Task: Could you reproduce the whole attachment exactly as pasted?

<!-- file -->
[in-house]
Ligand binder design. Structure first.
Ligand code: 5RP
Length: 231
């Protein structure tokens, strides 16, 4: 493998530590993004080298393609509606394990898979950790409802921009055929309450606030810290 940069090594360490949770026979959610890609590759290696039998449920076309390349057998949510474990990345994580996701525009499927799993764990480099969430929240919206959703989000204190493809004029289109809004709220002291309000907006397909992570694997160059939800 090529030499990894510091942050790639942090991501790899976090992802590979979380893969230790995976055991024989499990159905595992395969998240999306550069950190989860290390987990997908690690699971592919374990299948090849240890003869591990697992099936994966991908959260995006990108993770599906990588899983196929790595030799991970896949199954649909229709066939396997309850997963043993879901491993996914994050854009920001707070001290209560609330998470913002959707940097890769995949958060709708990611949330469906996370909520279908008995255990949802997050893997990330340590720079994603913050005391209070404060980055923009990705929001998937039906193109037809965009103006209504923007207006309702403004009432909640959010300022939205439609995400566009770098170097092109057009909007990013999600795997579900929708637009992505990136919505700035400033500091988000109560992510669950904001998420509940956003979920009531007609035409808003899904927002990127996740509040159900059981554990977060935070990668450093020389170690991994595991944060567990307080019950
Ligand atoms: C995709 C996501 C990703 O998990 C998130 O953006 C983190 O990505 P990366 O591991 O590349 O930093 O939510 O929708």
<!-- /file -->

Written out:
[in-house]
Ligand binder design. Structure first.
Ligand code: 5RP
Length: 231
């Protein structure tokens, strides 16, 4: 493998530590993004080298393609509606394990898979950790409802921009055929309450606030810290 940069090594360490949770026979959610890609590759290696039998449920076309390349057998949510474990990345994580996701525009499927799993764990480099969430929240919206959703989000204190493809004029289109809004709220002291309000907006397909992570694997160059939800 090529030499990894510091942050790639942090991501790899976090992802590979979380893969230790995976055991024989499990159905595992395969998240999306550069950190989860290390987990997908690690699971592919374990299948090849240890003869591990697992099936994966991908959260995006990108993770599906990588899983196929790595030799991970896949199954649909229709066939396997309850997963043993879901491993996914994050854009920001707070001290209560609330998470913002959707940097890769995949958060709708990611949330469906996370909520279908008995255990949802997050893997990330340590720079994603913050005391209070404060980055923009990705929001998937039906193109037809965009103006209504923007207006309702403004009432909640959010300022939205439609995400566009770098170097092109057009909007990013999600795997579900929708637009992505990136919505700035400033500091988000109560992510669950904001998420509940956003979920009531007609035409808003899904927002990127996740509040159900059981554990977060935070990668450093020389170690991994595991944060567990307080019950
Ligand atoms: C995709 C996501 C990703 O998990 C998130 O953006 C983190 O990505 P990366 O591991 O590349 O930093 O939510 O929708």